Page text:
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Tips for a Sustainable Purim

Coming up toward the end of the month of February is the Jewish holiday of Purim. Purim celebrates unity and community as we commemorate how we were rescued from Haman’s plot to kill the Jewish people.

Purim is a holiday with many wonderful traditions. These include delivering gift baskets of food to friends (the practice of Shalach Manot); dressing up (and/or dressing up your children) as characters from the Book of Esther; and baking and eating Hamantashen, fruit-filled pastries in the shape of the evil Haman’s hat. Below are some tips to follow to make your Purim gift giving, baking and costume creation more environmentally friendly.

  • Switch from a basket to a reusable container: Instead of placing your gifts in a basket that will end up in a landfill, try a reusable container. This can be a reusable bag, a mug, a glass container, a pasta drainer or a similar item that can be used all year long.
  • Include healthy snacks in your gift package: Make at least part of your gift bag healthy, including organic fruits and fair trade chocolate in the package
  • Make your own costumes: Invite your children to raid their parents’ closets to look for outfits, shoes, hats and jewelry that befit a Queen Esther or Mordechai; or do a clothing swap with friends to find just what you need for a Purim costume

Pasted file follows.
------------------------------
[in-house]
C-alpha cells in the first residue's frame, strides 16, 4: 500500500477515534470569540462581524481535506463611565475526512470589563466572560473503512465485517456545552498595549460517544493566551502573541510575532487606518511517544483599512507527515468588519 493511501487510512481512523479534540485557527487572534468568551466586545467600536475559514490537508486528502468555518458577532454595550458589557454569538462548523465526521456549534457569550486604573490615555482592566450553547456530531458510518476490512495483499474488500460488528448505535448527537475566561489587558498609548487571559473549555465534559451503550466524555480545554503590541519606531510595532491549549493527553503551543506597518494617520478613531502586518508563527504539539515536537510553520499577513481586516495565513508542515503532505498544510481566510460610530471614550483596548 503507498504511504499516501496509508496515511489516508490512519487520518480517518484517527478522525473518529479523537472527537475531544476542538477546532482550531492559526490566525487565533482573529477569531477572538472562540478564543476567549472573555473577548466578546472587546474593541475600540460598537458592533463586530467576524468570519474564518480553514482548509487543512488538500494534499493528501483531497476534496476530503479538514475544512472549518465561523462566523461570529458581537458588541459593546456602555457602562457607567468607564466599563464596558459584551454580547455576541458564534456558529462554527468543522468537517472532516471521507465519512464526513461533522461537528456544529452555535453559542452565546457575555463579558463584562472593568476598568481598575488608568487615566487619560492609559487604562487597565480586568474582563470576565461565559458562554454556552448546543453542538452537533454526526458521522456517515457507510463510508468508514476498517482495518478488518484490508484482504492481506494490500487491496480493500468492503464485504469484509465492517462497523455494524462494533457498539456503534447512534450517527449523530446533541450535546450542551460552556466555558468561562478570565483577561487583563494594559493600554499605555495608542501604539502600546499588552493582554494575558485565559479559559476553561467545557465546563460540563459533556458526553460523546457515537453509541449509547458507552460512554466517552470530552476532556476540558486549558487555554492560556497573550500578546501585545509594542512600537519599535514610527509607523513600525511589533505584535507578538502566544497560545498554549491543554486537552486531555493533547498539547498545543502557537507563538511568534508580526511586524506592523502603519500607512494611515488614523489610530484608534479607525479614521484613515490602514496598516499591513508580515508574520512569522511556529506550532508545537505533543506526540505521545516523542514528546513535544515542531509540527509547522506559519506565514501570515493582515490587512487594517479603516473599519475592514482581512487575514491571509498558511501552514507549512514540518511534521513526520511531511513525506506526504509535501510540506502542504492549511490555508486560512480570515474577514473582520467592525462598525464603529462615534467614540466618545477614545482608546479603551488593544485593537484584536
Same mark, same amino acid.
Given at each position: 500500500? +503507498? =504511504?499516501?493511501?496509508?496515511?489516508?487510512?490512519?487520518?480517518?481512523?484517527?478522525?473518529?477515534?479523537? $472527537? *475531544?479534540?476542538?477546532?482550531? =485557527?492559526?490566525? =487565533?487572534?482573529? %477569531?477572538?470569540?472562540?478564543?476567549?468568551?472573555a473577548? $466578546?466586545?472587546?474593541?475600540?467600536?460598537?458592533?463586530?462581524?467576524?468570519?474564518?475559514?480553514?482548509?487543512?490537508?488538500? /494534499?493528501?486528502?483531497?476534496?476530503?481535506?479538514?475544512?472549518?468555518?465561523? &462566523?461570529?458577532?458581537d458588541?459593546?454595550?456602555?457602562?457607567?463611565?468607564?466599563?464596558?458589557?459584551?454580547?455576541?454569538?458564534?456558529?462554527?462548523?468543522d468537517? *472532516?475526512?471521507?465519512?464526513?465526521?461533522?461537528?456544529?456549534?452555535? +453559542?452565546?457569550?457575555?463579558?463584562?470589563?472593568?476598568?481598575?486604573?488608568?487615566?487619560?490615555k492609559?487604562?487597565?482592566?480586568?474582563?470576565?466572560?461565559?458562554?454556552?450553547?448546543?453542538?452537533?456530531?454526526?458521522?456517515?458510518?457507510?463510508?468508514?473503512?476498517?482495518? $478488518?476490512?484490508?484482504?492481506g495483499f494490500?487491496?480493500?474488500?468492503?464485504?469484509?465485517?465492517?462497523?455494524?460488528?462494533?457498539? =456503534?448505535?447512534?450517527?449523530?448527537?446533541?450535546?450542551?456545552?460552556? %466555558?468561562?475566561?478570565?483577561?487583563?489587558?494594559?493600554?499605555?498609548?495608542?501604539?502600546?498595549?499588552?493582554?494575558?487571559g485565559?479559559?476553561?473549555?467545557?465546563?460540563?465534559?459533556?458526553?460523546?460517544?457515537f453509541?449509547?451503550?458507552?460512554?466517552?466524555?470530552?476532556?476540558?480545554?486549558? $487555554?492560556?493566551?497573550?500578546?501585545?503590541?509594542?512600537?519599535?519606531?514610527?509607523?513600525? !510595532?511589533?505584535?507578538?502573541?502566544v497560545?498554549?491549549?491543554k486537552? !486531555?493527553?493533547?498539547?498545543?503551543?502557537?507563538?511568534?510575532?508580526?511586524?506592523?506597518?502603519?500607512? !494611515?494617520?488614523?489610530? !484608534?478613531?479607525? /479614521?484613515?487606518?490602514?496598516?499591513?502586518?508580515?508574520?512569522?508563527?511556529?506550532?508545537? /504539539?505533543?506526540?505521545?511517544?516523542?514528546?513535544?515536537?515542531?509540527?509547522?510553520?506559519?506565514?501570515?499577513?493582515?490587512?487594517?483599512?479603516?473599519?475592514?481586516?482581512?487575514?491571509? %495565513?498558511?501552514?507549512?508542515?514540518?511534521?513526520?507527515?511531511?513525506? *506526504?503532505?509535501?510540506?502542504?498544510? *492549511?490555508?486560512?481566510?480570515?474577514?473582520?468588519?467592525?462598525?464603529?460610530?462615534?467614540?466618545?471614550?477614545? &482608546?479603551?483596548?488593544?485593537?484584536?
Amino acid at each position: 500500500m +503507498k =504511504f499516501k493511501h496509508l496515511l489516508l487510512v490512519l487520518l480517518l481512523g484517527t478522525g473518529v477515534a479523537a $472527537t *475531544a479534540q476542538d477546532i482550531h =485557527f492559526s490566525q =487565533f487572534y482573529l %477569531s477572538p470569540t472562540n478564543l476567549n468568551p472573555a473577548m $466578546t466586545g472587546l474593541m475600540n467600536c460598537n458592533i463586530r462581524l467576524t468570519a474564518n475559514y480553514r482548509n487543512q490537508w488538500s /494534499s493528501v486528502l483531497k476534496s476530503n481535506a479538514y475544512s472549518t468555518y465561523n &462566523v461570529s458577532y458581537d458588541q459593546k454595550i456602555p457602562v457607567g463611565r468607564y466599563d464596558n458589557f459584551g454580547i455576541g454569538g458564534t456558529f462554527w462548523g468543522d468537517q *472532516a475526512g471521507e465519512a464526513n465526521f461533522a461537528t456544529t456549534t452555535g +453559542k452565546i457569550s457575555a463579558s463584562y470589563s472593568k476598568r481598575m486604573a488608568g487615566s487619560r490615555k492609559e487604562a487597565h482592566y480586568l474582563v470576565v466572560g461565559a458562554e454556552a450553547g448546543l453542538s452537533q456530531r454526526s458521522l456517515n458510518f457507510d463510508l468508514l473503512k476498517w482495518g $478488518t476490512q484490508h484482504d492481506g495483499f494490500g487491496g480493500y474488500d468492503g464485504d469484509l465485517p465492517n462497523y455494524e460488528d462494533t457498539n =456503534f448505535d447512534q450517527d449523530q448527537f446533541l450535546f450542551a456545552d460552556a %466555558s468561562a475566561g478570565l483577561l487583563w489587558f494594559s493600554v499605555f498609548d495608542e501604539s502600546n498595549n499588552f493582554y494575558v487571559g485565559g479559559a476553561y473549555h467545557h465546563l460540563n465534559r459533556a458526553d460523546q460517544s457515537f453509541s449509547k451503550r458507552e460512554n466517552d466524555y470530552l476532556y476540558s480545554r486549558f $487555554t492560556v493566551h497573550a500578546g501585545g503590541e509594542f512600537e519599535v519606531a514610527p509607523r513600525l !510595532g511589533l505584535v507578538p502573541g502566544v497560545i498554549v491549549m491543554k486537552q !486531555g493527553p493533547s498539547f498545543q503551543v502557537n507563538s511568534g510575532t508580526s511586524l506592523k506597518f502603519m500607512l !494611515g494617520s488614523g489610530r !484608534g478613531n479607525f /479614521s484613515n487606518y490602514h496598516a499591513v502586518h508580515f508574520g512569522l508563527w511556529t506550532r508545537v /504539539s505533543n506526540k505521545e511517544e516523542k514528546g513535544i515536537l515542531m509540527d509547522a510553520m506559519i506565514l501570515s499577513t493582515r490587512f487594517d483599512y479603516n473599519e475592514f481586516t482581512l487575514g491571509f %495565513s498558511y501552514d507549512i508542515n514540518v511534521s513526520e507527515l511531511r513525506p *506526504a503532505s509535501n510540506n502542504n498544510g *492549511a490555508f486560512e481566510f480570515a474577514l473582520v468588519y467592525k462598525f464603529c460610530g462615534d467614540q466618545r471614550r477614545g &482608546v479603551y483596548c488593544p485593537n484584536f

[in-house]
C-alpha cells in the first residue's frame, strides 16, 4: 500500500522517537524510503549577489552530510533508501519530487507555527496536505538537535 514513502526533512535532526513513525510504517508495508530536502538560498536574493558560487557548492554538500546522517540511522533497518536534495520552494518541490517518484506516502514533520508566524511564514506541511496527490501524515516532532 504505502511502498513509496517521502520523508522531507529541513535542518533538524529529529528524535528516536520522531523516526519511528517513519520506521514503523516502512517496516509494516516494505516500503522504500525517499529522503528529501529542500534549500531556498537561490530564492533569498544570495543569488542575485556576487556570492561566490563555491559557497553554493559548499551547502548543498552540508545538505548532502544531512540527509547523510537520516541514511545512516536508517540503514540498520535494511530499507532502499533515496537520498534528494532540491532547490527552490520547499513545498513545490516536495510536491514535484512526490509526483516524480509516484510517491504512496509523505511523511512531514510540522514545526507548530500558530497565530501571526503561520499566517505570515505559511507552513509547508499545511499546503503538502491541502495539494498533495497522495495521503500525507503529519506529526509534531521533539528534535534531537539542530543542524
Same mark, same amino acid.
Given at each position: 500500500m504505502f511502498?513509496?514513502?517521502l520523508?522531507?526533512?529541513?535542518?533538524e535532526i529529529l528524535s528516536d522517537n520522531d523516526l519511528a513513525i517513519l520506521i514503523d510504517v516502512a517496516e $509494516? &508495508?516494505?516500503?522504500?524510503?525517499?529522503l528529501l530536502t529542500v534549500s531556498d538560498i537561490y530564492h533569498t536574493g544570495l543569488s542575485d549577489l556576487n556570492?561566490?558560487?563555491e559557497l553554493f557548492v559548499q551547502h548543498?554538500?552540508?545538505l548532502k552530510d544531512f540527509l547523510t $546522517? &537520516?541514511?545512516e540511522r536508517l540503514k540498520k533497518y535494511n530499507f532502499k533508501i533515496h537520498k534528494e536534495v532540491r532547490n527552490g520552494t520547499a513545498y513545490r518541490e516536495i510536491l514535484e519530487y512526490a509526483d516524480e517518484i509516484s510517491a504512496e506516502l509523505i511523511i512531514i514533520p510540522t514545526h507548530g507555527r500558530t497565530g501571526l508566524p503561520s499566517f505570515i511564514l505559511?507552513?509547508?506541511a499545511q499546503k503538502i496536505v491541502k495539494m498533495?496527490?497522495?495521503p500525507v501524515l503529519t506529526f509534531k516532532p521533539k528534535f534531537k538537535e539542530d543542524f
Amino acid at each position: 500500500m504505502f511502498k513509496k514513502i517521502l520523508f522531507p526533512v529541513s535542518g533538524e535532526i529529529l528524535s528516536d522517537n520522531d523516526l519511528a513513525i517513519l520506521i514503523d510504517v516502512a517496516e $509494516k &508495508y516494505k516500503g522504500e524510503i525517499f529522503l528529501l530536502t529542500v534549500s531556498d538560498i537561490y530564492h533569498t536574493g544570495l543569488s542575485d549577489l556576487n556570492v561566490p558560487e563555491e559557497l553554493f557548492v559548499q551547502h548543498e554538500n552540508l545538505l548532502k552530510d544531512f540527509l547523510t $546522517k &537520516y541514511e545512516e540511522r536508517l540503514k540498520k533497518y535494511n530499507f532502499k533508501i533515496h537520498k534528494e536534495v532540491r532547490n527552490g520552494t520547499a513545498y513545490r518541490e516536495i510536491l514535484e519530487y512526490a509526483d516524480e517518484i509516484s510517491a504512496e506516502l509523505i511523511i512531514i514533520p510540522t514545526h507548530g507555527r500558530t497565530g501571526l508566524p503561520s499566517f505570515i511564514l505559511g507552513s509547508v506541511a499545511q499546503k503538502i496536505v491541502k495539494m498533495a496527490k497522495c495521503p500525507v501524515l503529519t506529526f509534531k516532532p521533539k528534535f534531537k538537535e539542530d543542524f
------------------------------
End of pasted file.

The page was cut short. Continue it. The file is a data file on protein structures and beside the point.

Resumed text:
• Donate any unneeded gift items: If you find you have an excess of food after receiving your Shalach Manot, donate the unopened leftovers to a local food pantry or homeless shelter to benefit those in need.
  • Bake healthy versions of Hamantashen: Make your own Hamantashen with locally produced and organic jams and jellies. You can often find these at indoor winter farmers’ markets. Use whole wheat organic flour for the pastry.

Resources: Sviva Israel www.svivaisrael.org

This blog originally appeared in jewishinslouis.org at http://www.jewishinstlouis.org/blog.aspx?id=345

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Gail Wechsler is the Director of Domestic Issues/Social Justice at the Jewish Community Relations Council of St. Louis. She is the staff person for the Jewish Environmental Initiative (JEI), a committee of the JCRC and a part of the JCRC's Bohm Social Justice Initiative.
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